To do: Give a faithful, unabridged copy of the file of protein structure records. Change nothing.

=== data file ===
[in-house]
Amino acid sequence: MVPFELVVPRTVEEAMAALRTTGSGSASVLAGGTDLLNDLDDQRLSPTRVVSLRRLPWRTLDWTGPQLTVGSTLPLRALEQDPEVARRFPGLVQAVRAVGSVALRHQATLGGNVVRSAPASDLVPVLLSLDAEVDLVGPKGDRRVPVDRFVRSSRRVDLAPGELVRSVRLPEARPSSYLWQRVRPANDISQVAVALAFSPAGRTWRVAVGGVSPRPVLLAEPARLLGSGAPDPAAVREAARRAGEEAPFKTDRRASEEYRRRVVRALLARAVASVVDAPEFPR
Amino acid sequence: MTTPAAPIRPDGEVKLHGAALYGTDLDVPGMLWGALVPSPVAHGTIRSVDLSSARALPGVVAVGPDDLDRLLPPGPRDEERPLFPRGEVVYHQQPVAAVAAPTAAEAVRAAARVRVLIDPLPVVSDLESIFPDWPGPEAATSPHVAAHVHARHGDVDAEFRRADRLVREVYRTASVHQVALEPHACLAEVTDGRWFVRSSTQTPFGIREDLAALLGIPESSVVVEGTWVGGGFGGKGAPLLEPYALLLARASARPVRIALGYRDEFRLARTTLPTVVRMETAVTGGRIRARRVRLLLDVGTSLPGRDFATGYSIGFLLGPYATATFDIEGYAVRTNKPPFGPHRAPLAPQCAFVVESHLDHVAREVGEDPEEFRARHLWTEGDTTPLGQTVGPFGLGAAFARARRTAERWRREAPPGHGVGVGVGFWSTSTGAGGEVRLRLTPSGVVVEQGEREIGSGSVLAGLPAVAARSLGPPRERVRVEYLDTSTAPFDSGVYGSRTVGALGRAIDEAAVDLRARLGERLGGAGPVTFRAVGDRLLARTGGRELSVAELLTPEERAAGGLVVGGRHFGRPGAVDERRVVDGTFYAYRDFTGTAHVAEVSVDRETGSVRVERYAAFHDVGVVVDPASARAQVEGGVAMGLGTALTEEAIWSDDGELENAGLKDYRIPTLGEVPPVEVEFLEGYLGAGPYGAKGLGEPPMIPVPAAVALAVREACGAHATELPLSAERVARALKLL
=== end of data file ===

[in-house]
Amino acid sequence: MVPFELVVPRTVEEAMAALRTTGSGSASVLAGGTDLLNDLDDQRLSPTRVVSLRRLPWRTLDWTGPQLTVGSTLPLRALEQDPEVARRFPGLVQAVRAVGSVALRHQATLGGNVVRSAPASDLVPVLLSLDAEVDLVGPKGDRRVPVDRFVRSSRRVDLAPGELVRSVRLPEARPSSYLWQRVRPANDISQVAVALAFSPAGRTWRVAVGGVSPRPVLLAEPARLLGSGAPDPAAVREAARRAGEEAPFKTDRRASEEYRRRVVRALLARAVASVVDAPEFPR
Amino acid sequence: MTTPAAPIRPDGEVKLHGAALYGTDLDVPGMLWGALVPSPVAHGTIRSVDLSSARALPGVVAVGPDDLDRLLPPGPRDEERPLFPRGEVVYHQQPVAAVAAPTAAEAVRAAARVRVLIDPLPVVSDLESIFPDWPGPEAATSPHVAAHVHARHGDVDAEFRRADRLVREVYRTASVHQVALEPHACLAEVTDGRWFVRSSTQTPFGIREDLAALLGIPESSVVVEGTWVGGGFGGKGAPLLEPYALLLARASARPVRIALGYRDEFRLARTTLPTVVRMETAVTGGRIRARRVRLLLDVGTSLPGRDFATGYSIGFLLGPYATATFDIEGYAVRTNKPPFGPHRAPLAPQCAFVVESHLDHVAREVGEDPEEFRARHLWTEGDTTPLGQTVGPFGLGAAFARARRTAERWRREAPPGHGVGVGVGFWSTSTGAGGEVRLRLTPSGVVVEQGEREIGSGSVLAGLPAVAARSLGPPRERVRVEYLDTSTAPFDSGVYGSRTVGALGRAIDEAAVDLRARLGERLGGAGPVTFRAVGDRLLARTGGRELSVAELLTPEERAAGGLVVGGRHFGRPGAVDERRVVDGTFYAYRDFTGTAHVAEVSVDRETGSVRVERYAAFHDVGVVVDPASARAQVEGGVAMGLGTALTEEAIWSDDGELENAGLKDYRIPTLGEVPPVEVEFLEGYLGAGPYGAKGLGEPPMIPVPAAVALAVREACGAHATELPLSAERVARALKLL